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CHKN and Why Gaming on Steam for GNU/Linux is More Secure Than on macOS and Win32

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  • CHKN, the weirdest open-world sandbox game where you create creatures has a huge new release

    CHKN is hard to describe, it's a really odd open-world sandbox adventure game where you create your own creatures.

    It's in Early Access, so it's not a finished game. Even so, it's pretty amusing. Amusing enough for me to jump into here and there and for my son to love it rather a lot. Honestly, I'm finding it difficult to express into words just how weird and wonderful CHKN is.

  • Gaming on Steam for Linux is more secure than on macOS and Win32

    2018 have been a terrible year for computer security, and playing games on a computer isn’t all fun and games any more. In this article I’ll look at some of the security challenges of downloading and installing games from developers you have no reason to trust through the Steam Store. I’ll then explore how recent advancements for security on the Linux desktop now have made it it a more secure environment to run untrusted software and games than more the popular macOS and Windows 10 operating systems.

    Steam is a online games store and game-library-as-service vendor popular among millions of customers worldwide. The nature of the service means that Steam is selling and distributing executable programs that may be malicious. We can only assume that Steam takes great care not to allow malicious code onto their platform. However, this is almost impossible to achieve on relatively open-platforms like macOS, Windows, and indeed the Linux desktop.

More in Tux Machines

Variscite unveils two i.MX8 QuadMax modules

Variscite announced Linux-powered “VAR-SOM-MX8” and “SPEAR-MX8” modules with an up to an i.MX8 QuadMax SoC plus up to 8GB LPDDR4 and 64GB eMMC. It also previewed a VAR-SOM-6UL COM. At Embedded World next week in Nuremberg, Germany, Variscite will showcase its Linux and Android driven i.MX8-family computer-on-modules, including new VAR-SOM-MX8 and SPEAR-MX8 modules that feature NXP’s highest-end i.MX8 SoC up to a QuadMax model (see farther below). We have already covered most of the other showcased products, including the 14nm fabricated, quad -A53 i.MX8M Mini based DART-MX8M-Mini. When we covered the DART-MX8M-Mini in September, Variscite didn’t have an image or product page, but both are now available here Read more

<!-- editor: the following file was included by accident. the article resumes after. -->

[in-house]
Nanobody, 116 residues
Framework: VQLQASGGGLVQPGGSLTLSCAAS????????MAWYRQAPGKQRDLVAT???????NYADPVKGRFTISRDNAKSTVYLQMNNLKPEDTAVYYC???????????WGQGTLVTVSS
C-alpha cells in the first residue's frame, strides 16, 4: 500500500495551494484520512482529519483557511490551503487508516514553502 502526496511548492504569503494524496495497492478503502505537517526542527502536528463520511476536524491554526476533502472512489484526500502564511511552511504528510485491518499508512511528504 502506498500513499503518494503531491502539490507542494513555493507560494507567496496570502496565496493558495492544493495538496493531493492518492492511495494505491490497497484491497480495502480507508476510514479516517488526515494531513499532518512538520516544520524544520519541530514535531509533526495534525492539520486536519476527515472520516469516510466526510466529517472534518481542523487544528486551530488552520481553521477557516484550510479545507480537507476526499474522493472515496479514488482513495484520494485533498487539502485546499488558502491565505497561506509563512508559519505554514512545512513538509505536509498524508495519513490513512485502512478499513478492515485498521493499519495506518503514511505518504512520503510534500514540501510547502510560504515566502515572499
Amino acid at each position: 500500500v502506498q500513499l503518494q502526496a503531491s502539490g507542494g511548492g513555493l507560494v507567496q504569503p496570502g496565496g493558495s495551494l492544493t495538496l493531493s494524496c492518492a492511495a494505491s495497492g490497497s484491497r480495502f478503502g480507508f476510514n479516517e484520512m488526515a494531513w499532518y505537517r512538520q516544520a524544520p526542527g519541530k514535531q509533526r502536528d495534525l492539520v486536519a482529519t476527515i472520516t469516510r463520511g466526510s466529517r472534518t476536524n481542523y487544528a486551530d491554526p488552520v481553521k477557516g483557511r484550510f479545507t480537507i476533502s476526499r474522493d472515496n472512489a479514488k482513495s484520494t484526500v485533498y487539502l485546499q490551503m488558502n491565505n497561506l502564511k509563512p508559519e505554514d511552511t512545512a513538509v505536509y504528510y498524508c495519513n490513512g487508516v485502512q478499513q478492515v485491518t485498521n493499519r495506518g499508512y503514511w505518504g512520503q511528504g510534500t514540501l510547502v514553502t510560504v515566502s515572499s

Android Leftovers

Programming: Developer Happiness, Rblpapi 0.3.8 and Python

  • Developer happiness: What you need to know
    A person needs the right tools for the job. There's nothing as frustrating as getting halfway through a car repair, for instance, only to discover you don't have the specialized tool you need to complete the job. The same concept applies to developers: you need the tools to do what you are best at, without disrupting your workflow with compliance and security needs, so you can produce code faster. Over half—51%, to be specific—of developers spend only one to four hours each day programming, according to ActiveState's recent Developer Survey 2018: Open Source Runtime Pains. In other words, the majority of developers spend less than half of their time coding. According to the survey, 50% of developers say security is one of their biggest concerns, but 67% of developers choose not to add a new language when coding because of the difficulties related to corporate policies.
  • Rblpapi 0.3.8: Keeping CRAN happy
    A minimal maintenance release of Rblpapi, now at version 0.3.9, arrived on CRAN earlier today. Rblpapi provides a direct interface between R and the Bloomberg Terminal via the C++ API provided by Bloomberg (but note that a valid Bloomberg license and installation is required). This is the ninth release since the package first appeared on CRAN in 2016. It accomodates a request by CRAN / R Core to cope with staged installs which will be a new feature of R 3.6.0. No other changes were made (besides updating a now-stale URL at Bloomberg in a few spots and other miniscule maintenance). However, a few other changes have been piling up at the GitHub repo so feel free to try that version too.
  • Episode #200: Escaping Excel Hell with Python and Pandas
  • Testing native ES modules using Mocha and esm.

Games: Steam, Devil Engine, City Game Studio and More